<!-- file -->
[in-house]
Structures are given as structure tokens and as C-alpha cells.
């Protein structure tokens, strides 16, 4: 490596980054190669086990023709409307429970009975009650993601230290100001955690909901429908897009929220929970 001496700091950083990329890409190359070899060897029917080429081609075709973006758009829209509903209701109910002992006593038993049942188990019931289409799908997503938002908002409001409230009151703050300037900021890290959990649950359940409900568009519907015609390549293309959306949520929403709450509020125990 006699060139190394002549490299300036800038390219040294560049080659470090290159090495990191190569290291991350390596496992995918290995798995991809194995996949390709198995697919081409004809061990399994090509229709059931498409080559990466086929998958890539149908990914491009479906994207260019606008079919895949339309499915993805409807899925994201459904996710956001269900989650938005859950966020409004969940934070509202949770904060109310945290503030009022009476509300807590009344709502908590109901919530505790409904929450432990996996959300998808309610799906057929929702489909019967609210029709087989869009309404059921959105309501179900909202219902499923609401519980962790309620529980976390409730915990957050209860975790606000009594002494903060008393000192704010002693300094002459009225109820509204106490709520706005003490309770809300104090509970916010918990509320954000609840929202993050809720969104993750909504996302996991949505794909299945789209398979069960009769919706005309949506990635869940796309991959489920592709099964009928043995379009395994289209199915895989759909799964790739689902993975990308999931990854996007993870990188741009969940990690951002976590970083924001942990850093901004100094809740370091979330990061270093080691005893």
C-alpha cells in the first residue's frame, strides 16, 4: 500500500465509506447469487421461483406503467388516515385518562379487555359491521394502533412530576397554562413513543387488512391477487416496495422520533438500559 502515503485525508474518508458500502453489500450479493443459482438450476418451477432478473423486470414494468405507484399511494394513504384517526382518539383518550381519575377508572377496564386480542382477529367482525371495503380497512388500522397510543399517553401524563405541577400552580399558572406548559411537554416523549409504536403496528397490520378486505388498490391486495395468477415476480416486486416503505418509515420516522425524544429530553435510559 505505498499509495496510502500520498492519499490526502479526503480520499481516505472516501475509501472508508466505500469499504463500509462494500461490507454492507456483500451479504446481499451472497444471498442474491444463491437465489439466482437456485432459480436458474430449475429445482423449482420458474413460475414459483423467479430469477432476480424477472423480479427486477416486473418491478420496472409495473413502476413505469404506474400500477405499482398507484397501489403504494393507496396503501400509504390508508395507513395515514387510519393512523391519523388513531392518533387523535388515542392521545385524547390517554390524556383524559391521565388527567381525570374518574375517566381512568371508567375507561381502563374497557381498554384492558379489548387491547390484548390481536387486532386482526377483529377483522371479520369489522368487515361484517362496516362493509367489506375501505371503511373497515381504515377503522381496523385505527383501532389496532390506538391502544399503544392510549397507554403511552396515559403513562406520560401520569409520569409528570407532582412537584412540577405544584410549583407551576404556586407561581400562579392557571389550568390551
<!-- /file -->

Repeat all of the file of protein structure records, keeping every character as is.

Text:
[in-house]
Structures are given as structure tokens and as C-alpha cells.
């Protein structure tokens, strides 16, 4: 490596980054190669086990023709409307429970009975009650993601230290100001955690909901429908897009929220929970 001496700091950083990329890409190359070899060897029917080429081609075709973006758009829209509903209701109910002992006593038993049942188990019931289409799908997503938002908002409001409230009151703050300037900021890290959990649950359940409900568009519907015609390549293309959306949520929403709450509020125990 006699060139190394002549490299300036800038390219040294560049080659470090290159090495990191190569290291991350390596496992995918290995798995991809194995996949390709198995697919081409004809061990399994090509229709059931498409080559990466086929998958890539149908990914491009479906994207260019606008079919895949339309499915993805409807899925994201459904996710956001269900989650938005859950966020409004969940934070509202949770904060109310945290503030009022009476509300807590009344709502908590109901919530505790409904929450432990996996959300998808309610799906057929929702489909019967609210029709087989869009309404059921959105309501179900909202219902499923609401519980962790309620529980976390409730915990957050209860975790606000009594002494903060008393000192704010002693300094002459009225109820509204106490709520706005003490309770809300104090509970916010918990509320954000609840929202993050809720969104993750909504996302996991949505794909299945789209398979069960009769919706005309949506990635869940796309991959489920592709099964009928043995379009395994289209199915895989759909799964790739689902993975990308999931990854996007993870990188741009969940990690951002976590970083924001942990850093901004100094809740370091979330990061270093080691005893």
C-alpha cells in the first residue's frame, strides 16, 4: 500500500465509506447469487421461483406503467388516515385518562379487555359491521394502533412530576397554562413513543387488512391477487416496495422520533438500559 502515503485525508474518508458500502453489500450479493443459482438450476418451477432478473423486470414494468405507484399511494394513504384517526382518539383518550381519575377508572377496564386480542382477529367482525371495503380497512388500522397510543399517553401524563405541577400552580399558572406548559411537554416523549409504536403496528397490520378486505388498490391486495395468477415476480416486486416503505418509515420516522425524544429530553435510559 505505498499509495496510502500520498492519499490526502479526503480520499481516505472516501475509501472508508466505500469499504463500509462494500461490507454492507456483500451479504446481499451472497444471498442474491444463491437465489439466482437456485432459480436458474430449475429445482423449482420458474413460475414459483423467479430469477432476480424477472423480479427486477416486473418491478420496472409495473413502476413505469404506474400500477405499482398507484397501489403504494393507496396503501400509504390508508395507513395515514387510519393512523391519523388513531392518533387523535388515542392521545385524547390517554390524556383524559391521565388527567381525570374518574375517566381512568371508567375507561381502563374497557381498554384492558379489548387491547390484548390481536387486532386482526377483529377483522371479520369489522368487515361484517362496516362493509367489506375501505371503511373497515381504515377503522381496523385505527383501532389496532390506538391502544399503544392510549397507554403511552396515559403513562406520560401520569409520569409528570407532582412537584412540577405544584410549583407551576404556586407561581400562579392557571389550568390551